I recently attended an event called “Life at 50+” sponsored by the AARP.
It took place at the huge Miami Beach Convention Center and used almost all their available space. I don’t know the exact attendance but it was huge and, of course, filled with old people, thousands of them.
This isn’t the type of event I usually would attend except that one of my favorite writers, Michio Kaku, was speaking there. Michio wrote a book which I have made reference to on many occasions called the Future of the Mind
I generally use quotes from his book when speaking to students in our public schools and trying to get them to think of what life might be like when they reach my age. Michio is a PhD, theoretical physicist, author and professor, and in general a brilliant guy.
I had the mistaken impression that I certainly could get a chance to speak with him and perhaps get an endorsement for my upcoming book.
That was not to be. He might as well have been Justin Bieber because it was virtually impossible to get close to him due to the number of bodyguards, etc., surrounding him. I guess he is really big time and not to be bothered by the likes of me. I finally did get to hear his speech at the convention and made sure to sit in the front row with the hopes of grabbing him as he left. That was also not to be.
What fascinates me about this man is that he can speak about the future with a great deal of authority. He told us that computer chips will someday have an average cost of one cent. Based on that, the most incredibly complex devices will enter the market and be very inexpensive.
He pointed out that today’s iPhone has something like 10 times the computing ability of the entire first moon launch. That is hard to believe but many scientists will tell you the same thing. He began talking about making plain sheets of paper into computers of their own by linking all of these one penny chips together.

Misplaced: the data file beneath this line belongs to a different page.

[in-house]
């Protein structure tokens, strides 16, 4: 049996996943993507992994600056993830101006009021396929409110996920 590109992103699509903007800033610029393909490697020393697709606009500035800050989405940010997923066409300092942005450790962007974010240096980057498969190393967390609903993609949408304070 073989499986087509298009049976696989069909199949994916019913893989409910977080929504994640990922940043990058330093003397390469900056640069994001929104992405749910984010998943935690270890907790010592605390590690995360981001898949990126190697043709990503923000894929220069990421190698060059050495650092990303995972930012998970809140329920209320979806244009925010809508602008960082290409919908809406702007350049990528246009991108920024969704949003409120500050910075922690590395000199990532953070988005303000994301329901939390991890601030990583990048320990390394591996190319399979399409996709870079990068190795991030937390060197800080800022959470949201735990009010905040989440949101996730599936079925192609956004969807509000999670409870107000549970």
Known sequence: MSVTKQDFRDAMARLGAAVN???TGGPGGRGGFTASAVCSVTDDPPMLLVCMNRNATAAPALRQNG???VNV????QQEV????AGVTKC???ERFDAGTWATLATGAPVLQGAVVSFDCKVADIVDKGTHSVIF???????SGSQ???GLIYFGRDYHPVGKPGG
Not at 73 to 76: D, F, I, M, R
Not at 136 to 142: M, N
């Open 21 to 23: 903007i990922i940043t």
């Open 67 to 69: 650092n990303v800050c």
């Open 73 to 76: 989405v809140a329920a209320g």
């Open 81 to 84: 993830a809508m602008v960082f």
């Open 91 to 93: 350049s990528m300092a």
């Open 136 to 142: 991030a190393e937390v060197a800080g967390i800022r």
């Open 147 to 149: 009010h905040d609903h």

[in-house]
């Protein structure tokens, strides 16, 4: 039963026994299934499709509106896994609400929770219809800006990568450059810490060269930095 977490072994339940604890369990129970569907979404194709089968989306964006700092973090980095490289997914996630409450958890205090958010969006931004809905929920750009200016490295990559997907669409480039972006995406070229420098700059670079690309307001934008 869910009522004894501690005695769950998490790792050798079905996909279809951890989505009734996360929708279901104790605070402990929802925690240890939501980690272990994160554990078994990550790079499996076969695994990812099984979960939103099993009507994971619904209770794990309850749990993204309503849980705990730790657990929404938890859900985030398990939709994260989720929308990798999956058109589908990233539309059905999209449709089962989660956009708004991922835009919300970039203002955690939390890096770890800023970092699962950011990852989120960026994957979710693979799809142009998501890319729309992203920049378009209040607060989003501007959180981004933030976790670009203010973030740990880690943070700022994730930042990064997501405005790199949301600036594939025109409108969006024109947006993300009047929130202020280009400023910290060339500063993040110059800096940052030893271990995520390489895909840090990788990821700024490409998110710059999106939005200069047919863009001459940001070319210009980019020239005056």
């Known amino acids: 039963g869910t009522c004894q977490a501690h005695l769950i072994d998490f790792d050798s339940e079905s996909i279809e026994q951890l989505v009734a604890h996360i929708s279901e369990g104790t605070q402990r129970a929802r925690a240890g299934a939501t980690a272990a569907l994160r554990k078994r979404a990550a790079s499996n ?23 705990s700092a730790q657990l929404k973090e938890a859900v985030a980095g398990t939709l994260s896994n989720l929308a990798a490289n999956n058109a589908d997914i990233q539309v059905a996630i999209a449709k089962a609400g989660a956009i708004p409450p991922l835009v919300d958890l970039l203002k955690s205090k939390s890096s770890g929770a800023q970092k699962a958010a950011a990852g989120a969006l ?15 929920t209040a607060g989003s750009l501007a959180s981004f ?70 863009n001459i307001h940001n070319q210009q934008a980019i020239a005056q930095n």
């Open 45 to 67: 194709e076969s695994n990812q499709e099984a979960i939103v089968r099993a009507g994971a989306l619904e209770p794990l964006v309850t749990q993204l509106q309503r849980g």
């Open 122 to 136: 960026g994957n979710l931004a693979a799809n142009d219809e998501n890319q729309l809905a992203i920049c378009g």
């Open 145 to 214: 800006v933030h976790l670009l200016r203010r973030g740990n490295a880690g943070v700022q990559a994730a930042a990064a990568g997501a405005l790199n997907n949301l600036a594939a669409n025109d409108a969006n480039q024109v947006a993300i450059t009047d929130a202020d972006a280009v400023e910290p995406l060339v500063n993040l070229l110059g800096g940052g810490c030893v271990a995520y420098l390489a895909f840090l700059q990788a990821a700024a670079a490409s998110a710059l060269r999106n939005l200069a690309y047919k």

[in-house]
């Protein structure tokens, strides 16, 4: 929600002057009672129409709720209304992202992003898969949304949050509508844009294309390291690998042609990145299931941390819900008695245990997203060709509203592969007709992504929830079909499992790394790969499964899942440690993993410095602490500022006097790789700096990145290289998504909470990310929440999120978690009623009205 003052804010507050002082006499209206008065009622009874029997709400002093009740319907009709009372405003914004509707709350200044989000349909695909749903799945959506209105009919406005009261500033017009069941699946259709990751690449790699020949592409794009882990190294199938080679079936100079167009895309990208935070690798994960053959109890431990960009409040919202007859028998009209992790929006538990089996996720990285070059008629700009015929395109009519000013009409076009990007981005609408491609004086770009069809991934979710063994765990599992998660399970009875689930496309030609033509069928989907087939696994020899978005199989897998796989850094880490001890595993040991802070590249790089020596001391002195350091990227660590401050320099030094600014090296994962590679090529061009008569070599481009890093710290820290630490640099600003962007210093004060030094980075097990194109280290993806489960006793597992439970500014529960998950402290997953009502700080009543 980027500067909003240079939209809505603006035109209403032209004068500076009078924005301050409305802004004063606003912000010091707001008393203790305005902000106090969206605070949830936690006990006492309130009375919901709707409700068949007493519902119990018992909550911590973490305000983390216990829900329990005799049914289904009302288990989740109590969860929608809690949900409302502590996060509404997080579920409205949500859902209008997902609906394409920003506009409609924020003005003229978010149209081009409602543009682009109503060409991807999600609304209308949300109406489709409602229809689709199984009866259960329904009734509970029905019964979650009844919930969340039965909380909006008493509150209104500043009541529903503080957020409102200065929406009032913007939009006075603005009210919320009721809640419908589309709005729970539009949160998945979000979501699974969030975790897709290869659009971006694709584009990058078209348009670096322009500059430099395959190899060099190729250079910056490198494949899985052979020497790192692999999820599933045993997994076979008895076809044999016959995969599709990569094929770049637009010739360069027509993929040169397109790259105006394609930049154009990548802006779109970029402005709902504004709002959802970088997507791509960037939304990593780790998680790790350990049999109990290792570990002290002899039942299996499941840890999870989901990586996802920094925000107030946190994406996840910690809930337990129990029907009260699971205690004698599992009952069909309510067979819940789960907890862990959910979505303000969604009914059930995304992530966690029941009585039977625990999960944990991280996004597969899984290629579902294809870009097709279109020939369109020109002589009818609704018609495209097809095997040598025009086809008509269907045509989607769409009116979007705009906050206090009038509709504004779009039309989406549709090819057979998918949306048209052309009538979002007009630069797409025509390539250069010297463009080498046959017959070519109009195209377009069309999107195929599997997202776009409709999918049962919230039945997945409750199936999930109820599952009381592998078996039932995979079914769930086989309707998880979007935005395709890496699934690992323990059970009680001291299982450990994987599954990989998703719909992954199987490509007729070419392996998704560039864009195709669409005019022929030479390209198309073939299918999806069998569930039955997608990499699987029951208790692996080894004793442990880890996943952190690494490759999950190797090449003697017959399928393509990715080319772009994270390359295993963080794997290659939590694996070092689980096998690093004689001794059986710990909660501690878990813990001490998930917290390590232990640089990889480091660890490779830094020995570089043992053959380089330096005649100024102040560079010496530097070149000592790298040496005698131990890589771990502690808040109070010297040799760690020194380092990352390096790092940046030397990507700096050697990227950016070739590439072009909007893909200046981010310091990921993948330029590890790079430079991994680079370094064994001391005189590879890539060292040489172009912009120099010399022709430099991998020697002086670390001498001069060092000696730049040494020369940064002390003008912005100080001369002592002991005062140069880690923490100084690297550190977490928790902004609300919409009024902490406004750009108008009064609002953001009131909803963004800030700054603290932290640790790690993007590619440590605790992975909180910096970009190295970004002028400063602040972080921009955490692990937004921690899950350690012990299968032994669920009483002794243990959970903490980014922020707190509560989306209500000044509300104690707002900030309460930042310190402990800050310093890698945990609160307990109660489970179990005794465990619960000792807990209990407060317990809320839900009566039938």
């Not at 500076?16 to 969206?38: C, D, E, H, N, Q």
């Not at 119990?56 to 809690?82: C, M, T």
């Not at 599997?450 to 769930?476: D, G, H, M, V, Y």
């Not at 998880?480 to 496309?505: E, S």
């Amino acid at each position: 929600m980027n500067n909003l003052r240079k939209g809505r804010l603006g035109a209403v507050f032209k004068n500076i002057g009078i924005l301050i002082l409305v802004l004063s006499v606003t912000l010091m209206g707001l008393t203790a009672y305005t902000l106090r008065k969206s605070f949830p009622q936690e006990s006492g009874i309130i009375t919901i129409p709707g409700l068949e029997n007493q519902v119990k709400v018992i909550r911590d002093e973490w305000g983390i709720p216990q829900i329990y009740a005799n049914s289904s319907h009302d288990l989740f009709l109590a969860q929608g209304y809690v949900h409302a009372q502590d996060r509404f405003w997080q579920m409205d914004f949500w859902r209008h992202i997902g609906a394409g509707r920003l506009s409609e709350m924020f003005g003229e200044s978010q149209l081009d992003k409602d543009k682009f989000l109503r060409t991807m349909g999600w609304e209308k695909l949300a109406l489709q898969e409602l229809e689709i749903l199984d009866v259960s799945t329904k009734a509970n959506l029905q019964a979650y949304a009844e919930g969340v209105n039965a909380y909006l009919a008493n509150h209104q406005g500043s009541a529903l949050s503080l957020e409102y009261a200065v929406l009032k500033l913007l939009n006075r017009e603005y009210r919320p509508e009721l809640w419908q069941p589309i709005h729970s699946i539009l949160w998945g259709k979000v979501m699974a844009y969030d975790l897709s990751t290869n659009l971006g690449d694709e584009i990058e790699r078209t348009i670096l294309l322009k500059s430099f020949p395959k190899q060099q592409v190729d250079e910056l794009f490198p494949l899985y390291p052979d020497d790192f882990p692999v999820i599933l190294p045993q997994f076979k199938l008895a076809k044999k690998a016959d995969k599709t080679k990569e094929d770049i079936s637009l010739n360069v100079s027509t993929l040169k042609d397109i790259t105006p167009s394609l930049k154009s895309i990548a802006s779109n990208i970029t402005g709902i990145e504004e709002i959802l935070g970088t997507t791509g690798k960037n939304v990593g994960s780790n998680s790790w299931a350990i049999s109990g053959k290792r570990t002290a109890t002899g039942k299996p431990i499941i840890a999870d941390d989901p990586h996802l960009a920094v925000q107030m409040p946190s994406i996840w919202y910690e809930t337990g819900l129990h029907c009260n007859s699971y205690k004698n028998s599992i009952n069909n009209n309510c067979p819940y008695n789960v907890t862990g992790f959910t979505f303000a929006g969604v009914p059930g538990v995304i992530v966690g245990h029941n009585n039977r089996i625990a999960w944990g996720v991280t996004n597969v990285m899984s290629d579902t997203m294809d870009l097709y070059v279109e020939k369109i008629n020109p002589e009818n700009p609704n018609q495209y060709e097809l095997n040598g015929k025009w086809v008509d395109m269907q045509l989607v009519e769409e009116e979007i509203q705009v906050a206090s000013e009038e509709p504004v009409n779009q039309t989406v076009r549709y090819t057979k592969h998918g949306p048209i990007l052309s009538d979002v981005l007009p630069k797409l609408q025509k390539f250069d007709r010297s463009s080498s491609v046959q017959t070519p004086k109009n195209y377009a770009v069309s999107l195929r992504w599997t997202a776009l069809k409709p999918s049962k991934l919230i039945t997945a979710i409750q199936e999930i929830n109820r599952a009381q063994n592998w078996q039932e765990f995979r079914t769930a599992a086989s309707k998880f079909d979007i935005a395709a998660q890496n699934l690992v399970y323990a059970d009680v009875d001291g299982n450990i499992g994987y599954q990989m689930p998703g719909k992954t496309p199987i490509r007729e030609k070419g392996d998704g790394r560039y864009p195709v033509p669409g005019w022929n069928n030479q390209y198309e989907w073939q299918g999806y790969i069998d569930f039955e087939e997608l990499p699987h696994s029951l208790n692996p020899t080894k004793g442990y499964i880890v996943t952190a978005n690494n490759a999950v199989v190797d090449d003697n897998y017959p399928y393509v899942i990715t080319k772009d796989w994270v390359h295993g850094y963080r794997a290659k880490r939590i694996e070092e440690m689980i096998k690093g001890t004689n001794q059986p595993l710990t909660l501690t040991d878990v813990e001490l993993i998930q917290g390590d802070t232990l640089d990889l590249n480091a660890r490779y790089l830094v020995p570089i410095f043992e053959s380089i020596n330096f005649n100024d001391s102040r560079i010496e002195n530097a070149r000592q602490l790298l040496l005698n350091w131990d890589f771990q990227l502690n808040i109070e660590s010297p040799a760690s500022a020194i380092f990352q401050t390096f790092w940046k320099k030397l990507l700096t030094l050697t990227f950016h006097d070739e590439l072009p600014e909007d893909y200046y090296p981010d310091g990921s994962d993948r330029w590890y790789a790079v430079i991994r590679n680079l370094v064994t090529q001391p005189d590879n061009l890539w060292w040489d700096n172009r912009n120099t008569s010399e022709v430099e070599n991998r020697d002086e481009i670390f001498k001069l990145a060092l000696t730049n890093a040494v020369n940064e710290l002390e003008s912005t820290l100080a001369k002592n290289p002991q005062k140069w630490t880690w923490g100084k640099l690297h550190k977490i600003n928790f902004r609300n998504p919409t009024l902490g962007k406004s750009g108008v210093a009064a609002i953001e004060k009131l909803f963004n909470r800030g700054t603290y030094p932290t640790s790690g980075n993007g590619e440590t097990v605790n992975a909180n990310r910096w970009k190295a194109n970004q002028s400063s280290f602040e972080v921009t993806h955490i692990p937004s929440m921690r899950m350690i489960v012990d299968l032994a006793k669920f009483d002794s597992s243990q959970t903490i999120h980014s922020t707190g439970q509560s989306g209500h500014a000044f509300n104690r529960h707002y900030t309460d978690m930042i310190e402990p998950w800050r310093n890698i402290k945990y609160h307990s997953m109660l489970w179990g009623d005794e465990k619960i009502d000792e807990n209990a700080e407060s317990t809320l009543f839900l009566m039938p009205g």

He gave as an example a scenario where you might be sitting in your living room, not like the color of your wallpaper and simply say “change to yellow,” to which the chips would instantly react. Another possibility is that you might be sitting home alone with not much to do and you could ask the wallpaper if there was anyone around in a similar circumstance who would like to get together or whatever. Sure that sounds wacky but again when I look back and try to imagine an iPhone when I was in the fourth or fifth grade that would’ve been beyond my scope of comprehension just as this wallpaper is.
It was worth the effort getting there, fighting the traffic, and pushing my way through thousands and thousands of old people, not that I am one of them, just to hear this man speak.
Of course there were other things going on at the convention. I was able to get my blood tested, my hearing analyzed, my blood pressure checked and just about anything else that needed testing. Fortunately I passed most of these tests.
I ended up with two large bags full of giveaways that each exhibitor seemed anxious to present to me. I haven’t decided what to do with them all yet: for example a rubber microphone, a rubber solid plastic car of some sort and a bunch of other useless gadgets, but how could I say no to these nice people handing them out.
I have been a member of AARP for some time now and try to take advantage of all that they have to offer to senior citizens including special discount rates, excellent insurance policies and all kinds of guidance needed by senior citizens. The tough thing about all this is when my very own daughter, who I still think of as my little girl, announced that she had just joined AARP. Could it be? I don’t know what that actually makes me but for sure it makes me old.
One of the other speakers was Ben Stein — economist, lawyer, author, and lots of other stuff — and I did enjoy listening to his talk as well.
There were many more sessions and speakers including a Zumba class and who knows what else. My advice to anyone reaching that age is to begin looking into the benefits of membership in this fine organization and watch for my upcoming book, When I was Your AGE, based on some of the things I have learned there.